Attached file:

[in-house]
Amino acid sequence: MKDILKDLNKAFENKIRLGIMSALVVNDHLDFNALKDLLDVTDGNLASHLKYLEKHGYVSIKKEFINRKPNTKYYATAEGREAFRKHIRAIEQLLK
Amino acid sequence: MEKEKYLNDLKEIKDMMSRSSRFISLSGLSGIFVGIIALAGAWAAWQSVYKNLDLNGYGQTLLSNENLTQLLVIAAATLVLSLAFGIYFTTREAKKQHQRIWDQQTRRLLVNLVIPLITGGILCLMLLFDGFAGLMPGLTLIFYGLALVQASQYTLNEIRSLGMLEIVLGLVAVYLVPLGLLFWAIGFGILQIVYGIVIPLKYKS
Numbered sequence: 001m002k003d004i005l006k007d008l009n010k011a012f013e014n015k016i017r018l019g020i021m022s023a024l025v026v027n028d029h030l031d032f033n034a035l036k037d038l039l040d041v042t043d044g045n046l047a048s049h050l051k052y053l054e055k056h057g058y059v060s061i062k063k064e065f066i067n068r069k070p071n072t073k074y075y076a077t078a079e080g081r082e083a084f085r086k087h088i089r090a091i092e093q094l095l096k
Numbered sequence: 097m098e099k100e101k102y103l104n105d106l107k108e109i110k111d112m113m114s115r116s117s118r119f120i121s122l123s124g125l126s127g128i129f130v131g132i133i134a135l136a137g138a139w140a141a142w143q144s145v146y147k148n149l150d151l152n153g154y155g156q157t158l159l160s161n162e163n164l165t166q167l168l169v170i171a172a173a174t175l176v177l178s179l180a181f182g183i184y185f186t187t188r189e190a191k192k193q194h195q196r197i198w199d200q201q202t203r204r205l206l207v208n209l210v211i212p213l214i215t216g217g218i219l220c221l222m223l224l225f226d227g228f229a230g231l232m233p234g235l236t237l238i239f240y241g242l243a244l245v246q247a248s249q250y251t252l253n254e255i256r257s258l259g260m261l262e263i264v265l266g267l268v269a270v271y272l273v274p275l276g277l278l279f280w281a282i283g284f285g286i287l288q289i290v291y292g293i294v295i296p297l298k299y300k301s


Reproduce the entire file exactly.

[in-house]
Amino acid sequence: MKDILKDLNKAFENKIRLGIMSALVVNDHLDFNALKDLLDVTDGNLASHLKYLEKHGYVSIKKEFINRKPNTKYYATAEGREAFRKHIRAIEQLLK
Amino acid sequence: MEKEKYLNDLKEIKDMMSRSSRFISLSGLSGIFVGIIALAGAWAAWQSVYKNLDLNGYGQTLLSNENLTQLLVIAAATLVLSLAFGIYFTTREAKKQHQRIWDQQTRRLLVNLVIPLITGGILCLMLLFDGFAGLMPGLTLIFYGLALVQASQYTLNEIRSLGMLEIVLGLVAVYLVPLGLLFWAIGFGILQIVYGIVIPLKYKS
Numbered sequence: 001m002k003d004i005l006k007d008l009n010k011a012f013e014n015k016i017r018l019g020i021m022s023a024l025v026v027n028d029h030l031d032f033n034a035l036k037d038l039l040d041v042t043d044g045n046l047a048s049h050l051k052y053l054e055k056h057g058y059v060s061i062k063k064e065f066i067n068r069k070p071n072t073k074y075y076a077t078a079e080g081r082e083a084f085r086k087h088i089r090a091i092e093q094l095l096k
Numbered sequence: 097m098e099k100e101k102y103l104n105d106l107k108e109i110k111d112m113m114s115r116s117s118r119f120i121s122l123s124g125l126s127g128i129f130v131g132i133i134a135l136a137g138a139w140a141a142w143q144s145v146y147k148n149l150d151l152n153g154y155g156q157t158l159l160s161n162e163n164l165t166q167l168l169v170i171a172a173a174t175l176v177l178s179l180a181f182g183i184y185f186t187t188r189e190a191k192k193q194h195q196r197i198w199d200q201q202t203r204r205l206l207v208n209l210v211i212p213l214i215t216g217g218i219l220c221l222m223l224l225f226d227g228f229a230g231l232m233p234g235l236t237l238i239f240y241g242l243a244l245v246q247a248s249q250y251t252l253n254e255i256r257s258l259g260m261l262e263i264v265l266g267l268v269a270v271y272l273v274p275l276g277l278l279f280w281a282i283g284f285g286i287l288q289i290v291y292g293i294v295i296p297l298k299y300k301s